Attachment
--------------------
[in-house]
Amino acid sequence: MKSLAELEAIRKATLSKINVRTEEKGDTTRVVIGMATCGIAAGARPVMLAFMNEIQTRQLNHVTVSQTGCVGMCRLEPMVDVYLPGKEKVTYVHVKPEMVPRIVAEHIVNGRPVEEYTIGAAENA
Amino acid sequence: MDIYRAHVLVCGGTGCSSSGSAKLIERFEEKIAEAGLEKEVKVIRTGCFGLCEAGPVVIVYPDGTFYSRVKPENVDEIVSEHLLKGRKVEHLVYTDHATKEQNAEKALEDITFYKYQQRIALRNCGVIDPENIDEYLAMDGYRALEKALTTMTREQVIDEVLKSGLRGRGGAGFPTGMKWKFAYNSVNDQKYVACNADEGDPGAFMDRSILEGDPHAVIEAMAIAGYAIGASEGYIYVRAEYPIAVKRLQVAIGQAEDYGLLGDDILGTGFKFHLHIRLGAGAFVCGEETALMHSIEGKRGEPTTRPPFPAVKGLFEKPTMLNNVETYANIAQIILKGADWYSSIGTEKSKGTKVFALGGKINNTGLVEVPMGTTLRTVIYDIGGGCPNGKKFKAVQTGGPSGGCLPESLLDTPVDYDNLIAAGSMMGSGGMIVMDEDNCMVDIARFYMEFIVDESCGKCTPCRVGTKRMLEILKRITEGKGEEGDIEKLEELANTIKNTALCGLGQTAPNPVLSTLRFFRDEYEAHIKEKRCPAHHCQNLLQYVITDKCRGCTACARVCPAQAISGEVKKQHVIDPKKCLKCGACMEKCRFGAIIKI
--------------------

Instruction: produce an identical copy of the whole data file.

[in-house]
Amino acid sequence: MKSLAELEAIRKATLSKINVRTEEKGDTTRVVIGMATCGIAAGARPVMLAFMNEIQTRQLNHVTVSQTGCVGMCRLEPMVDVYLPGKEKVTYVHVKPEMVPRIVAEHIVNGRPVEEYTIGAAENA
Amino acid sequence: MDIYRAHVLVCGGTGCSSSGSAKLIERFEEKIAEAGLEKEVKVIRTGCFGLCEAGPVVIVYPDGTFYSRVKPENVDEIVSEHLLKGRKVEHLVYTDHATKEQNAEKALEDITFYKYQQRIALRNCGVIDPENIDEYLAMDGYRALEKALTTMTREQVIDEVLKSGLRGRGGAGFPTGMKWKFAYNSVNDQKYVACNADEGDPGAFMDRSILEGDPHAVIEAMAIAGYAIGASEGYIYVRAEYPIAVKRLQVAIGQAEDYGLLGDDILGTGFKFHLHIRLGAGAFVCGEETALMHSIEGKRGEPTTRPPFPAVKGLFEKPTMLNNVETYANIAQIILKGADWYSSIGTEKSKGTKVFALGGKINNTGLVEVPMGTTLRTVIYDIGGGCPNGKKFKAVQTGGPSGGCLPESLLDTPVDYDNLIAAGSMMGSGGMIVMDEDNCMVDIARFYMEFIVDESCGKCTPCRVGTKRMLEILKRITEGKGEEGDIEKLEELANTIKNTALCGLGQTAPNPVLSTLRFFRDEYEAHIKEKRCPAHHCQNLLQYVITDKCRGCTACARVCPAQAISGEVKKQHVIDPKKCLKCGACMEKCRFGAIIKI